Heritage or Hate: The Debate Over the Removal of Confederate Statues
by Justin Feira, Form V
3 min. read — March 24, 2022
Regional identity has always been an important part of American culture. States have long held their own separate ethoses, histories, and mythologies. But just because a region has its own history does not necessarily make that history glorious. Recently, Confederate monuments and symbolism across the country have come under increasing scrutiny as representations of racism and its legacy on America. In response, many local governments have removed Confederate monuments and renamed locations, such as schools, roads, and parks, that were previously named after Confederate figures. Some have protested these changes, claiming governments are destroying their cultural heritage. However, these monuments are not cultural heritage but symbols of a racist past, and therefore they should be removed.
Proponents of maintaining the monuments argue that they preserve history and are merely part of their heritage. But that notion is simply false. The Confederacy seceded from the Union because of slavery. There may have been other factors that contributed to secession, but slavery was by far the most significant factor. Many people who argue to keep monuments believe that slavery was not the central issue of the Civil War and assert that the South was defending its rights by reacting to northern aggression and provocation. This idea that the civil war was fundamentally not about slavery and that the South was a victim is called the Lost Cause of the Confederacy. This idea completely fictionalized and romanticized the antebellum South and is at fault for the glorification of the Confederacy that we see today. During reconstruction and up to the 1890s, almost no monuments glorifying the Confederacy were erected. Instead, almost all memorials built during this period were to mourn and honor dead soldiers. Only in the Jim Crow era did monuments glorifying the Confederacy and its leaders, rather than mourning the dead soldiers, start to be built.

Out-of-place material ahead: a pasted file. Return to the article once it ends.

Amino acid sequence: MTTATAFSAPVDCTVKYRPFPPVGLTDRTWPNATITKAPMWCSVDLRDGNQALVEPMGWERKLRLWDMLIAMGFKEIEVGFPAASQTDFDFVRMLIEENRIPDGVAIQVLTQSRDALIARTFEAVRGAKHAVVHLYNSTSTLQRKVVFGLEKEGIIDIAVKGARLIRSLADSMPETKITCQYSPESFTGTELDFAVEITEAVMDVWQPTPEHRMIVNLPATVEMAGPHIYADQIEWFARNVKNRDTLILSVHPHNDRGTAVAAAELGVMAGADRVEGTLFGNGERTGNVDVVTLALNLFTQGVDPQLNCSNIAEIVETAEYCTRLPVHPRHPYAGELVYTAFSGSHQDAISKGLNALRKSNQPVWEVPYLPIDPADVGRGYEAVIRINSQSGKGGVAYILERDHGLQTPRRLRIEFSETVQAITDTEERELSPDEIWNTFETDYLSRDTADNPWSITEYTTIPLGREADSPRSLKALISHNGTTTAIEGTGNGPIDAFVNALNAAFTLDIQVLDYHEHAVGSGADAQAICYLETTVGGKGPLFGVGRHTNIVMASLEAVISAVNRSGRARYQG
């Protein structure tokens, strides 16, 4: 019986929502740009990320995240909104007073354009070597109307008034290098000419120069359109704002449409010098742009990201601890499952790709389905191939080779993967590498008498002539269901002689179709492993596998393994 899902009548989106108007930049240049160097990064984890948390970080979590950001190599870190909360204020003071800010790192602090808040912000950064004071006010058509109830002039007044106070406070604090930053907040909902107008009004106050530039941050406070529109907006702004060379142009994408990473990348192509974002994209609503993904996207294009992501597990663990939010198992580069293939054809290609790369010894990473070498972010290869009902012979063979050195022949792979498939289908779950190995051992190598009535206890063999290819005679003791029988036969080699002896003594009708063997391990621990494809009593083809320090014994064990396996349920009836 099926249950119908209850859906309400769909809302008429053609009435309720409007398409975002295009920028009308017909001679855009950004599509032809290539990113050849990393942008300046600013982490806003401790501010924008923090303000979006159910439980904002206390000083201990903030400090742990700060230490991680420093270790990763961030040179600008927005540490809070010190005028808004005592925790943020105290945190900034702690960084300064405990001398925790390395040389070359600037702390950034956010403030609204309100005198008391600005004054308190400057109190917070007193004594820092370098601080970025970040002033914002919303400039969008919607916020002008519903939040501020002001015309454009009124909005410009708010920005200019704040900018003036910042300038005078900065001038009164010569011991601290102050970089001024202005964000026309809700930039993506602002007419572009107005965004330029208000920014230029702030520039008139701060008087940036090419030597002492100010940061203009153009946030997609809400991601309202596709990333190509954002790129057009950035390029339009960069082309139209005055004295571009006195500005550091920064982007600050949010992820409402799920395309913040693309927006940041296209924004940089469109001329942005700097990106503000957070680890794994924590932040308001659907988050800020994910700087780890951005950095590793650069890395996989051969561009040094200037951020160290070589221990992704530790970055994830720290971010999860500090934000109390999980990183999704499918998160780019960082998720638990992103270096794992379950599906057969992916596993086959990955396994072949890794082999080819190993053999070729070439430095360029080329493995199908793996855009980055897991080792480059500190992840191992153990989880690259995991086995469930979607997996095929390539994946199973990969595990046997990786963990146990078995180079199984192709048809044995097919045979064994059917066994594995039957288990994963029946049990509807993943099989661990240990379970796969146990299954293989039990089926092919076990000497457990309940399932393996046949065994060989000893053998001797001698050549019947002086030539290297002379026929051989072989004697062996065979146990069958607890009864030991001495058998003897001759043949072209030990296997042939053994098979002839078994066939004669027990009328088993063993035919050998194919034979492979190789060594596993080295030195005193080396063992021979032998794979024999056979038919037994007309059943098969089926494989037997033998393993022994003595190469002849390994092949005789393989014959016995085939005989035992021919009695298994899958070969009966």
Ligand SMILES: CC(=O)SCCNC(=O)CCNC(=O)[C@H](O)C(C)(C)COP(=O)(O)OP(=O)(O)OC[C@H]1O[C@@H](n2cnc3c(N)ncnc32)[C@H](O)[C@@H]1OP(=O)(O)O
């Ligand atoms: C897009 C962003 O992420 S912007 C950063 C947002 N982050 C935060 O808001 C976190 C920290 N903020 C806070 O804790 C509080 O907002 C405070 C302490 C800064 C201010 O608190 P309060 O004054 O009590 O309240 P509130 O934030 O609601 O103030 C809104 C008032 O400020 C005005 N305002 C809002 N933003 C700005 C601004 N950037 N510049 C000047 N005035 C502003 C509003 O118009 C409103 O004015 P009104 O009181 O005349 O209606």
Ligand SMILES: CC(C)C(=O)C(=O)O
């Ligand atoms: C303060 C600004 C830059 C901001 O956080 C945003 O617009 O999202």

Instrumental in the construction of these monuments were groups such as the United Daughters of the Confederacy, an organization founded in the 1890s by daughters and widows of former Confederate soldiers. The UDC helped maintain segregation in the South through distorting history by pushing the Lost Cause myth from obscurity to the mainstream via changing school textbooks, giving speeches, and other means. The notion that these statues merely preserve our history is categorically false. These groups did not build these monuments simply to preserve history; they built them to entrench segregation.
History doesn't have to be preserved through glorification. Germans remember the Nazis and the terrible things they did, yet they do not have a statue of Hitler in the center of Berlin. Preserving history can be accomplished in many other, more sensible ways. Ultimately, the bottom line maintains that these statues were built not to preserve history, but to glorify a racist past and to enforce white hegemony; therefore, they must be removed.